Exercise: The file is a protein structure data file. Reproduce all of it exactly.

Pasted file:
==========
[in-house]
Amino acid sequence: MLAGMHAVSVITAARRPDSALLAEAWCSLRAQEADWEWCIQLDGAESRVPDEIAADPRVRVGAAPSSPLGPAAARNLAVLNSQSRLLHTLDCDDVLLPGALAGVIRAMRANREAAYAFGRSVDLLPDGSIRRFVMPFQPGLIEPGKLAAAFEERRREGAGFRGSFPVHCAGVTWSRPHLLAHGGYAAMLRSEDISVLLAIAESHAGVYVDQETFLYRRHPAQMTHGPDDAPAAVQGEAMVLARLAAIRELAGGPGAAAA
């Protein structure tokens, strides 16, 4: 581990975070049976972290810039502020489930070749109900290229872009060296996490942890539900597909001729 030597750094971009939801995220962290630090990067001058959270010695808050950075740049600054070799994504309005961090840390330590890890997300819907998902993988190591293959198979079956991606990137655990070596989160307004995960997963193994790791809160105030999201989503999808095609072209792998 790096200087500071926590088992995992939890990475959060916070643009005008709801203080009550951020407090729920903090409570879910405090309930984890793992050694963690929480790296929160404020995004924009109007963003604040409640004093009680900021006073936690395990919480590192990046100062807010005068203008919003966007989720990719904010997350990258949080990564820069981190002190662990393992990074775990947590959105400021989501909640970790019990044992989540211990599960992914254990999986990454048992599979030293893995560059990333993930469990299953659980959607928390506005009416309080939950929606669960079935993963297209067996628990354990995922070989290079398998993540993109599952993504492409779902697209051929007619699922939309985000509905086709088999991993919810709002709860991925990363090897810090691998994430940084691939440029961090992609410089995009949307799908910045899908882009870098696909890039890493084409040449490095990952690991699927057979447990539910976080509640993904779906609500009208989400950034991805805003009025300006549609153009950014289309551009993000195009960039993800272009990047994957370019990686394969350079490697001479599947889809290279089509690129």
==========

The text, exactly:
[in-house]
Amino acid sequence: MLAGMHAVSVITAARRPDSALLAEAWCSLRAQEADWEWCIQLDGAESRVPDEIAADPRVRVGAAPSSPLGPAAARNLAVLNSQSRLLHTLDCDDVLLPGALAGVIRAMRANREAAYAFGRSVDLLPDGSIRRFVMPFQPGLIEPGKLAAAFEERRREGAGFRGSFPVHCAGVTWSRPHLLAHGGYAAMLRSEDISVLLAIAESHAGVYVDQETFLYRRHPAQMTHGPDDAPAAVQGEAMVLARLAAIRELAGGPGAAAA
């Protein structure tokens, strides 16, 4: 581990975070049976972290810039502020489930070749109900290229872009060296996490942890539900597909001729 030597750094971009939801995220962290630090990067001058959270010695808050950075740049600054070799994504309005961090840390330590890890997300819907998902993988190591293959198979079956991606990137655990070596989160307004995960997963193994790791809160105030999201989503999808095609072209792998 790096200087500071926590088992995992939890990475959060916070643009005008709801203080009550951020407090729920903090409570879910405090309930984890793992050694963690929480790296929160404020995004924009109007963003604040409640004093009680900021006073936690395990919480590192990046100062807010005068203008919003966007989720990719904010997350990258949080990564820069981190002190662990393992990074775990947590959105400021989501909640970790019990044992989540211990599960992914254990999986990454048992599979030293893995560059990333993930469990299953659980959607928390506005009416309080939950929606669960079935993963297209067996628990354990995922070989290079398998993540993109599952993504492409779902697209051929007619699922939309985000509905086709088999991993919810709002709860991925990363090897810090691998994430940084691939440029961090992609410089995009949307799908910045899908882009870098696909890039890493084409040449490095990952690991699927057979447990539910976080509640993904779906609500009208989400950034991805805003009025300006549609153009950014289309551009993000195009960039993800272009990047994957370019990686394969350079490697001479599947889809290279089509690129």